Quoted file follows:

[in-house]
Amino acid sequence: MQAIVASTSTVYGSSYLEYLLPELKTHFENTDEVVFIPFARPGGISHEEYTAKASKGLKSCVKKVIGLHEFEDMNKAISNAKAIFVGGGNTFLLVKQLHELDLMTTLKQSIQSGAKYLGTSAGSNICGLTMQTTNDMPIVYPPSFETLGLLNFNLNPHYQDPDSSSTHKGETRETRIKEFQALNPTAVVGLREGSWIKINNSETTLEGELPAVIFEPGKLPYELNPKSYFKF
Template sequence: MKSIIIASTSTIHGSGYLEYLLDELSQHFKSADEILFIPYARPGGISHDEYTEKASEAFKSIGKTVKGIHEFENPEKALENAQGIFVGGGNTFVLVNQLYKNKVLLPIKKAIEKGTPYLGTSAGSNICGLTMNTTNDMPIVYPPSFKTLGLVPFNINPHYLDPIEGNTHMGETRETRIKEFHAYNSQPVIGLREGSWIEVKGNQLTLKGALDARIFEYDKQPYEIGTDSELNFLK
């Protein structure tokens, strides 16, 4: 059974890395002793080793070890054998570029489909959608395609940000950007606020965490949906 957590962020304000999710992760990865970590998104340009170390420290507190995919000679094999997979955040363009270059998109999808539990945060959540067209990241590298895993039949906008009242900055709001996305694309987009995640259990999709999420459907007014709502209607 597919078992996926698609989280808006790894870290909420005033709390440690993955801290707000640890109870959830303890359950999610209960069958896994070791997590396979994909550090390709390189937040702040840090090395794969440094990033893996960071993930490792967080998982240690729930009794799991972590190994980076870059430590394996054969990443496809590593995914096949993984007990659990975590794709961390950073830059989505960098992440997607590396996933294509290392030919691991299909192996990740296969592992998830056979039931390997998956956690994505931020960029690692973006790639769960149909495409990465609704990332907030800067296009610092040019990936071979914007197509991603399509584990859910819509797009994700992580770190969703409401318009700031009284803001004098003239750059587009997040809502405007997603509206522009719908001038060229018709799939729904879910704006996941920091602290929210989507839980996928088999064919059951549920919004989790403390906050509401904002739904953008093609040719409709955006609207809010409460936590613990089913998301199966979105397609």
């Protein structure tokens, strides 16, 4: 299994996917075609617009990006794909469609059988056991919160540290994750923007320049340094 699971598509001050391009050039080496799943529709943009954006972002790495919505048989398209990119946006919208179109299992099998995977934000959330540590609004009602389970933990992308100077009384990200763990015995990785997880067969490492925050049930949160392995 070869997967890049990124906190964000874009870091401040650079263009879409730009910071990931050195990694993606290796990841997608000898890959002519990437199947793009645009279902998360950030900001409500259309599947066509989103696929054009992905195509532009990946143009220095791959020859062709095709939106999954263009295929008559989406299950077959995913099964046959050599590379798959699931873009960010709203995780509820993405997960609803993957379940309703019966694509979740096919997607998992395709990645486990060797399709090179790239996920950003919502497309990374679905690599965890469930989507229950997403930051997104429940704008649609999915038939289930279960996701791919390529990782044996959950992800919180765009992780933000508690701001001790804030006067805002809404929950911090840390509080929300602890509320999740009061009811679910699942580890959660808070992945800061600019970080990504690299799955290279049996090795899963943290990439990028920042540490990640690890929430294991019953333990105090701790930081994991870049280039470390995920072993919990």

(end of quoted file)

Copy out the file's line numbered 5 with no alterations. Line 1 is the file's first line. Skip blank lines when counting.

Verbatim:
């Protein structure tokens, strides 16, 4: 299994996917075609617009990006794909469609059988056991919160540290994750923007320049340094 699971598509001050391009050039080496799943529709943009954006972002790495919505048989398209990119946006919208179109299992099998995977934000959330540590609004009602389970933990992308100077009384990200763990015995990785997880067969490492925050049930949160392995 070869997967890049990124906190964000874009870091401040650079263009879409730009910071990931050195990694993606290796990841997608000898890959002519990437199947793009645009279902998360950030900001409500259309599947066509989103696929054009992905195509532009990946143009220095791959020859062709095709939106999954263009295929008559989406299950077959995913099964046959050599590379798959699931873009960010709203995780509820993405997960609803993957379940309703019966694509979740096919997607998992395709990645486990060797399709090179790239996920950003919502497309990374679905690599965890469930989507229950997403930051997104429940704008649609999915038939289930279960996701791919390529990782044996959950992800919180765009992780933000508690701001001790804030006067805002809404929950911090840390509080929300602890509320999740009061009811679910699942580890959660808070992945800061600019970080990504690299799955290279049996090795899963943290990439990028920042540490990640690890929430294991019953333990105090701790930081994991870049280039470390995920072993919990």